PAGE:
Giant Haniwa statue found in Japan

(ORDO NEWS) — Archaeologists excavating a mound in the Kofun Mozu-Furuichi Group, a UNESCO World Heritage Site in Osaka Prefecture in southern Japan, have discovered the remains of a rare wooden haniwa statue.

Haniwa figurines are usually made from unglazed clay. Wooden specimens are extremely rare. The recent find, 3.5 meters high, also has the distinction of being the tallest haniwa ever found.

The last Iwami-style example found was 2.6 meters tall, found at Ohakayama Kofun in Tenri City in neighboring Nara Prefecture.

According to the Japan Times, the statue is almost 76 centimeters wide at its widest point and about 8 centimeters thick, making it the largest haniwa found in Japan to date.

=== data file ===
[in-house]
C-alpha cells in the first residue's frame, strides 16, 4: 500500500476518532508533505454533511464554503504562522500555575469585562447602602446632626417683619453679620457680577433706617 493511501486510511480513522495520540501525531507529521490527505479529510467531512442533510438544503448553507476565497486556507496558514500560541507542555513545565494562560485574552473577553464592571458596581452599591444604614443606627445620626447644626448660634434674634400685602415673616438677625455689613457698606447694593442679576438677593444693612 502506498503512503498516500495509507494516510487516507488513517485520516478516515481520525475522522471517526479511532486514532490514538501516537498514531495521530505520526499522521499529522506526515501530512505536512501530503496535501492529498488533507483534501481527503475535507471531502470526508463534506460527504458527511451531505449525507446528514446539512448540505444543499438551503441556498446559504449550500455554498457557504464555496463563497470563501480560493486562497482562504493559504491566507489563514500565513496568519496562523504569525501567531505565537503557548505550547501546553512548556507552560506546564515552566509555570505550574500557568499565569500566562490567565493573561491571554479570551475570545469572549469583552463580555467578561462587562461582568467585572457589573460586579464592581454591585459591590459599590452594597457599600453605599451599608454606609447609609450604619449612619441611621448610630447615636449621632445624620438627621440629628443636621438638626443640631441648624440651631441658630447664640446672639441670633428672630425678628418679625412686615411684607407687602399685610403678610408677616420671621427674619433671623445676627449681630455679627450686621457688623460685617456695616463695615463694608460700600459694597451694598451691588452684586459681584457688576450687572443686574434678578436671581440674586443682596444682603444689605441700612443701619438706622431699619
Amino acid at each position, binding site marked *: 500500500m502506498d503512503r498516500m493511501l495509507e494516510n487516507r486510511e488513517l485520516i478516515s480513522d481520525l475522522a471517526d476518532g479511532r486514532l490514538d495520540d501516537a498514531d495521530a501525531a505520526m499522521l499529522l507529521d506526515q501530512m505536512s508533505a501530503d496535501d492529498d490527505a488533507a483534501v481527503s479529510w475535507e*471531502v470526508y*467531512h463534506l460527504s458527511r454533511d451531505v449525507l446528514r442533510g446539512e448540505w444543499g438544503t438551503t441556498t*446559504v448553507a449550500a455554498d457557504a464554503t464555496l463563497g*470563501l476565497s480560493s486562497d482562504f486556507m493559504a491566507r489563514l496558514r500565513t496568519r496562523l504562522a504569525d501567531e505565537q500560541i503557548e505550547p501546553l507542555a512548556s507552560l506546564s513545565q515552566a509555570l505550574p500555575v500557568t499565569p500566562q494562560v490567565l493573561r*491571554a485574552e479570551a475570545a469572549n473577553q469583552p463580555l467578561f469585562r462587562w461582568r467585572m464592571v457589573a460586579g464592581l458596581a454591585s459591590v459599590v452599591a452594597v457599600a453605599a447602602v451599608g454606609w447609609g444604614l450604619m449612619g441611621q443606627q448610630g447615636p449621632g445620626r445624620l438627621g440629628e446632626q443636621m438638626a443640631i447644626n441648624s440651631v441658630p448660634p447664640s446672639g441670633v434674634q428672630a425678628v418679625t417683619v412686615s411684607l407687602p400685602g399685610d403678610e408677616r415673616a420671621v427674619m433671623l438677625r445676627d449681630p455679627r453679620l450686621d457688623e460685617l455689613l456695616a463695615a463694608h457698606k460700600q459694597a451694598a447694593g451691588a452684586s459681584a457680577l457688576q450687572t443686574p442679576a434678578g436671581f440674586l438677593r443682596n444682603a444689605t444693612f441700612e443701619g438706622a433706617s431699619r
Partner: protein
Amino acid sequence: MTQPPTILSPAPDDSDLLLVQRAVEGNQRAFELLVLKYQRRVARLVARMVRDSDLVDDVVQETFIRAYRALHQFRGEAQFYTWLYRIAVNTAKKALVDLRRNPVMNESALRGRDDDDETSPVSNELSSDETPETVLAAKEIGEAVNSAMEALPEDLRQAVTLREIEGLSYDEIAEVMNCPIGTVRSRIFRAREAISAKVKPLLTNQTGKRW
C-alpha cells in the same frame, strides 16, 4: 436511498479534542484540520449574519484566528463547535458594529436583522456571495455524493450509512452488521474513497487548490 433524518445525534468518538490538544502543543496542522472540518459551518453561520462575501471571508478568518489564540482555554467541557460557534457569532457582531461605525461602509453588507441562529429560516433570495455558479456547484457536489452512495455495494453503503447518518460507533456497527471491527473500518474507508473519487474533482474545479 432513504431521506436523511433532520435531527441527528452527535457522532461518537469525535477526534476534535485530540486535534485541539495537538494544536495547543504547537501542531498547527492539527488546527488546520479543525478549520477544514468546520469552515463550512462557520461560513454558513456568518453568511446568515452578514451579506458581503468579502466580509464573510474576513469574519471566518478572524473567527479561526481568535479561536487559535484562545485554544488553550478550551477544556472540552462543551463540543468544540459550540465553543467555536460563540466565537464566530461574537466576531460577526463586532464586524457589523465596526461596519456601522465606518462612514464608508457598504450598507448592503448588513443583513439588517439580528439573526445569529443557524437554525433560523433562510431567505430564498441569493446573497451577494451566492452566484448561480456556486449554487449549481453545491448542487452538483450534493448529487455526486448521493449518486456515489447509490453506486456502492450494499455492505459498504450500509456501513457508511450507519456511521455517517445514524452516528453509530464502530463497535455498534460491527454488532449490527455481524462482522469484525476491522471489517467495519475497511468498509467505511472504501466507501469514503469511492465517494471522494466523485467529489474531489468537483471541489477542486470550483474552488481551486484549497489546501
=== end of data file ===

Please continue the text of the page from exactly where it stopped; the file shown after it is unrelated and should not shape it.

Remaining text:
Giant Haniwa statue found in Japan 2

According to the Habikino City Education Department, the haniwa was found during the excavation of a moat surrounding the 96-metre-long Keyhole Mound of Minegazuka Kofun , built at the end of the fifth century.

Haniwa are hollow funerary objects. As a rule, Haniwa were large, many almost life-sized.

Starting with cylindrical, jar or bell-shaped objects made by stacking clay rolls, haniwa evolved in several ways during the Kofun period (c. 250-600 AD).

At the beginning of the fourth century, house-shaped haniwa were placed next to cylindrical ones on top of the mounds.

According to historical data, by the middle of the fifth century, the haniwa had the form of objects (swords, shields, quivers, umbrellas), people (priests, warriors, virgins) and animals (horses, dogs, wild boars, ducks) and were lined up or arranged in groups of the edges of the tombs.

These preparations may have had ritual significance.


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